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Ask @bing to create grants for nonprofit advertising on their site (DRAFT)

Update, September 1: Microsoft responded.  More here.

Draft!  Work in progress!  Feedback welcome!

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New strategies for fighting FISA and the PATRIOT Act

The notes from the “birds-of-a-feather” session I led at Computers, Freedom, and Privacy are written up on the CFP Wiki. Alas, we didn’t get the online aspects to work; still, we had a dozen people there in person, including Get FISA Right members Thomas Nephew and Chip Pitts. It was a great discussion. The opportunities we identified include

  • building a broad, diverse coalition
  • focusing on cost, dignity, and human rights issues as well as privacy and the constitution
  • using anti-corporate activism against the companies supplying equipment and profiting from surveillance
  • involving the technical community and domain experts

and a lot more. We also discussed some of the tactical issues about the upcoming PATRIOT Act vote: the need for an accurate vote count; a pressure campaign on key Congresspeople like Jane Harman, Nancy Pelosi, Dianne Feinstein, and Harry Reid; and the importance of powerful visual images.

Check it out!

jon

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Creating the future at #cfp09: showtime for privacy and civil liberties activsm!

CFP logo

“Fight for me!”
— a privacy-loving Facebook friend, wishing me luck at the conference

Here’s our opportunity to realize the promise of the Net that was so present in 1990s when CFP started.
— Deborah Pierce on the CFP blog

The program for this year’s Computers, Freedom, and Privacy conference is outstanding even by CFP’s high standards.  The mix of technology, legal, policy, and activism perspectives is particularly strong this year, and with the new administration and Washington DC location there’s significant involvement by government employees for the first time since the 1990s.  As well as CFP regulars like Jennifer Grannick, Jim Harper, Ed Felten, Nicky Ozer, Alessandro Acquisti, Stewart Baker, and Lillie Coney, speakers incude first-timers like Marcy Wheeler, Dori Maynard, Paul Ekman, Shireen Mitchell, Rebecca Mackinnon, Nancy Scola, and Ari Melber.  Don’t take my word for it — check out the program and prepare to be impressed.

Best of all, with streaming video, the #cfp09 Twitter backchannel ,* live-blogging, and a community wiki, the conference will be more accessible onine than every before.    Kudos to Katy Nelson of the ACLU and Robert Guerra of Freedom House for taking the lead with the video streaming, and to all the volunteers of the online visibility team for all the great work on the blog, Twitter, and Facebook.  The online schedule has details, we’ll do our best to keep the web site updated regularly, and the Twitter feed will be best way to keep up what’s going on.

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Twittering in the Trenches: a workshop on social networks at #cfp09

Along with Deborah Pierce, Shireen Mitchell, and Ari Melber, I’m presenting n the Twittering in the trenches workshop today at Computers, Freedom, and Privacy conference.

If all goes well, it’ll be streamed at http://www.ustream.tv/channel/cfp09 … and the Twitter hashtag is #cfp09.

Deborah’s post on the CFP blog has some background.  Check it out!

I’ll be at CFP all week … stay tuned for more.  For now, here’s the program.

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#p2 and prioritizing diversity: background reading for Thursday’s tweeting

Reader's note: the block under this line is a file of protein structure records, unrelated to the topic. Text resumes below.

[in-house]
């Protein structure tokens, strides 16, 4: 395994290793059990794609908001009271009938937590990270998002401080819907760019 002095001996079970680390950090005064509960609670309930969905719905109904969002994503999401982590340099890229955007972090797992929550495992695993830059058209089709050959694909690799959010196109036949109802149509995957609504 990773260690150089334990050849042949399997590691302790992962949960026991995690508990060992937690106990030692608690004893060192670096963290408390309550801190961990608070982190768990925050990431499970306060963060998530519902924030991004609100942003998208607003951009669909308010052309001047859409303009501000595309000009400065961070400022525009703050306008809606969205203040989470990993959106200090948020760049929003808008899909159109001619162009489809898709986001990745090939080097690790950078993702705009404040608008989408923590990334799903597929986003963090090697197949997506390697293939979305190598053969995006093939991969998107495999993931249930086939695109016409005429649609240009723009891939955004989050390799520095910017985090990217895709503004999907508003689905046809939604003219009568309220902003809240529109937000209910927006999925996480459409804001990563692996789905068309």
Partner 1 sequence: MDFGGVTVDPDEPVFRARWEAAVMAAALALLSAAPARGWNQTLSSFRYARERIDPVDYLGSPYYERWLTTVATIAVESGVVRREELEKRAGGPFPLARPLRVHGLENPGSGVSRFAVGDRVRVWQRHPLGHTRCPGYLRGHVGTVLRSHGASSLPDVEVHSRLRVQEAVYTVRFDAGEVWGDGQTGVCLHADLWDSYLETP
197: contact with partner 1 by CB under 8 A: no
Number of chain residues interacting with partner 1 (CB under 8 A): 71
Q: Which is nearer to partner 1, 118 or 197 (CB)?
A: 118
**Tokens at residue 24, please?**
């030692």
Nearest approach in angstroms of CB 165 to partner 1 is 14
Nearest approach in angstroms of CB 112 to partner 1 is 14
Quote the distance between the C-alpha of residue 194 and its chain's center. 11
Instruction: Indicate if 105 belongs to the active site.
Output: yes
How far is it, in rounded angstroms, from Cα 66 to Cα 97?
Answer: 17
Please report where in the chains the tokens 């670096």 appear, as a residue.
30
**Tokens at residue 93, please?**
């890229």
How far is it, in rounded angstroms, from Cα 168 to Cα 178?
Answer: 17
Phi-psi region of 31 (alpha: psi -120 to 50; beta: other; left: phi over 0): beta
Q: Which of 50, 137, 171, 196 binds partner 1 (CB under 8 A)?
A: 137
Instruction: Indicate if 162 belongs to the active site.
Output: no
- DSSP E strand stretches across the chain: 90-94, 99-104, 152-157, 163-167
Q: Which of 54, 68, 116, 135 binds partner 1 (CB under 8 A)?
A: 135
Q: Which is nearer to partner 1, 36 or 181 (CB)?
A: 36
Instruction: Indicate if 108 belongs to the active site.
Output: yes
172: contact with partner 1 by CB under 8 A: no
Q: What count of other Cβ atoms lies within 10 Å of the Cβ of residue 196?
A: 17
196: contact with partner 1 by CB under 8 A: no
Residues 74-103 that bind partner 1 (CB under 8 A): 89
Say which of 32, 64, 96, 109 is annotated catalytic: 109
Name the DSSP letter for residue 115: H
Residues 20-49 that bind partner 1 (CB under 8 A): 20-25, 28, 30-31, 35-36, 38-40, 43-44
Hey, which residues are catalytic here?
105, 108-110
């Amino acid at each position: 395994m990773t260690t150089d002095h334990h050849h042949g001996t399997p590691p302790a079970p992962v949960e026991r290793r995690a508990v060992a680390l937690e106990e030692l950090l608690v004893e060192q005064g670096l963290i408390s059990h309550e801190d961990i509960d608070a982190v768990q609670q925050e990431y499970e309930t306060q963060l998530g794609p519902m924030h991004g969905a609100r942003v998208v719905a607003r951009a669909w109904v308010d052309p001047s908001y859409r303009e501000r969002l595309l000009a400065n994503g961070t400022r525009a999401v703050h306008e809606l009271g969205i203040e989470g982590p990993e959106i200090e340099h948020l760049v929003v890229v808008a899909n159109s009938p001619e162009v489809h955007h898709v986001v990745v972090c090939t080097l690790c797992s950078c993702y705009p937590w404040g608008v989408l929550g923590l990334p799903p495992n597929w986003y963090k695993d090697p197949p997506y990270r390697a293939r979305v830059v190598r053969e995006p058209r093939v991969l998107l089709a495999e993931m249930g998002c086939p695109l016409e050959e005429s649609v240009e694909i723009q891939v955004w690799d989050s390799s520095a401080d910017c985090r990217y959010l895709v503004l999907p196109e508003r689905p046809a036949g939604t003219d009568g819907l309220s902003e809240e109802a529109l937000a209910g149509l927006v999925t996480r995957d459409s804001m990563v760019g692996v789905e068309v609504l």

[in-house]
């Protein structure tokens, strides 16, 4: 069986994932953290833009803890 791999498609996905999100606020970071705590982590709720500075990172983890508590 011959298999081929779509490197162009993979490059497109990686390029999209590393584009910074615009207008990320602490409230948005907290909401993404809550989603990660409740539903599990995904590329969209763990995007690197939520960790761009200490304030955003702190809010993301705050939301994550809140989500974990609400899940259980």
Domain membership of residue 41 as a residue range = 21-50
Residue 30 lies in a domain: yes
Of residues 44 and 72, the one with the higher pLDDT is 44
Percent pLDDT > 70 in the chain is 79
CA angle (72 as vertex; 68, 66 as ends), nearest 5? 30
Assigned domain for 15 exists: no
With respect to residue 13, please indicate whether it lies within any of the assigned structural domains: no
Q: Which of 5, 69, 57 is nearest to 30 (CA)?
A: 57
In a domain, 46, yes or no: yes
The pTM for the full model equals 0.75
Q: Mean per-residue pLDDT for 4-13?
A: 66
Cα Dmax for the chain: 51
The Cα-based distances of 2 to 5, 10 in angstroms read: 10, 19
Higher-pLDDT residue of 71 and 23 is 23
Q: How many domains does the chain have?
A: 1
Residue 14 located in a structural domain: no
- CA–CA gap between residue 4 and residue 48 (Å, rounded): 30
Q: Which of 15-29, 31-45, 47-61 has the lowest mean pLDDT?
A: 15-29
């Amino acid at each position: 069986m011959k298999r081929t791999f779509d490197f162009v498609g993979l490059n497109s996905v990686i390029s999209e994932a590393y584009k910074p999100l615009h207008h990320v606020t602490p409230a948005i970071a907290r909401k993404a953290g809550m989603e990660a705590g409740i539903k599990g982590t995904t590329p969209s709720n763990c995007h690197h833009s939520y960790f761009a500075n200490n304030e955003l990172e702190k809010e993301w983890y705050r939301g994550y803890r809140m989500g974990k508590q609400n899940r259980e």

#p2 tweeting* Thursday April 30

7-8PM Pacific/10-11PM Eastern
Draft agenda and discussion here
Please join us!

#p2 logoTwitter is an opportunity to engage with communities currently marginalized by the “progressive blogosphere”

— Tracy Viselli and Jon Pincus, The #p2 Hashtag and Strategies for Progressives on Twitter on The Exception

#p2 is a resource for progressives who prioritize diversity and empowerment

— #p2’s wiki and Twitter profile

Because #p2 (aka “progressives 2.0”) is the closest thing to a broad communication mechanism for progressives on Twitter so far, I’m not sure how many people realize that the primary focus is on diversity. So here’s some background reading about #p2 for Thursday’s tweeting  on how progressives can organize more effectively on Twitter.

Let’s start with a question that I think doesn’t get asked enough.

Do progressives care about diversity?

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Equal Pay Day: #fairpay and Women don’t ask

Blog for fair payAccording to new data from the Bureau of Labor Statistics, in 2007 the ratio of women’s and men’s median annual earnings reached almost 78 cents on the dollar for full-time year-round workers, up from just under 77 cents in 2006. This is the narrowest the wage gap has ever been, but it’s only an additional one cent on the dollar. One cent is chump change. It isn’t real change.

— from AAUW’s Equal Pay Day, April 28

African-American women earn 62¢ and Latinas earn 53¢ for every dollar earned by white, non-Hispanic men. #fairpay #fem2 #p2

— @NWLC on Twitter

One of President Obama’s first actions in late January was signing the Lilly Ledbetter Fair Pay Act into law.  That’s only a first step, though; the next battle in the fight against wage discrimination is the Paycheck Fairness Act.  The PFA updates the 45-year-old Equal Pay Act in many important ways, and passed the House with strong bipartisan support, and is currently before the Senate as S.182.

The AAUW’s site has a bunch of ways you can help: call your Senators, wear red,* blog about it, share on Facebook and join their group and cause, and tweet about it using the #fairpay hashtag.  It’s all important; do as much as you can.  There are a couple of things I’d specifically like to highlight.

Let’s start with Twitter, where this is another great opportunity for hashtag-based diversity activism.  Activity via #fairpay accomplishes several things.  Most obviously, it raises awareness: whenever you tweet, all your followers are reminded of the wage gap.  If some of the Twitterati start retweeting, or there’s enough activity that #fairpay winds up in the top 10 “trending” hashtags, a lot more people will see it.  So tweet away!  If you’re not sure what to say, the National Women’s Law Center has some tweeting points you can use as inspiration.

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Twitter *is* a strategy (UPDATED draft)

DRAFT!  Work in progress.  Feedback welcome!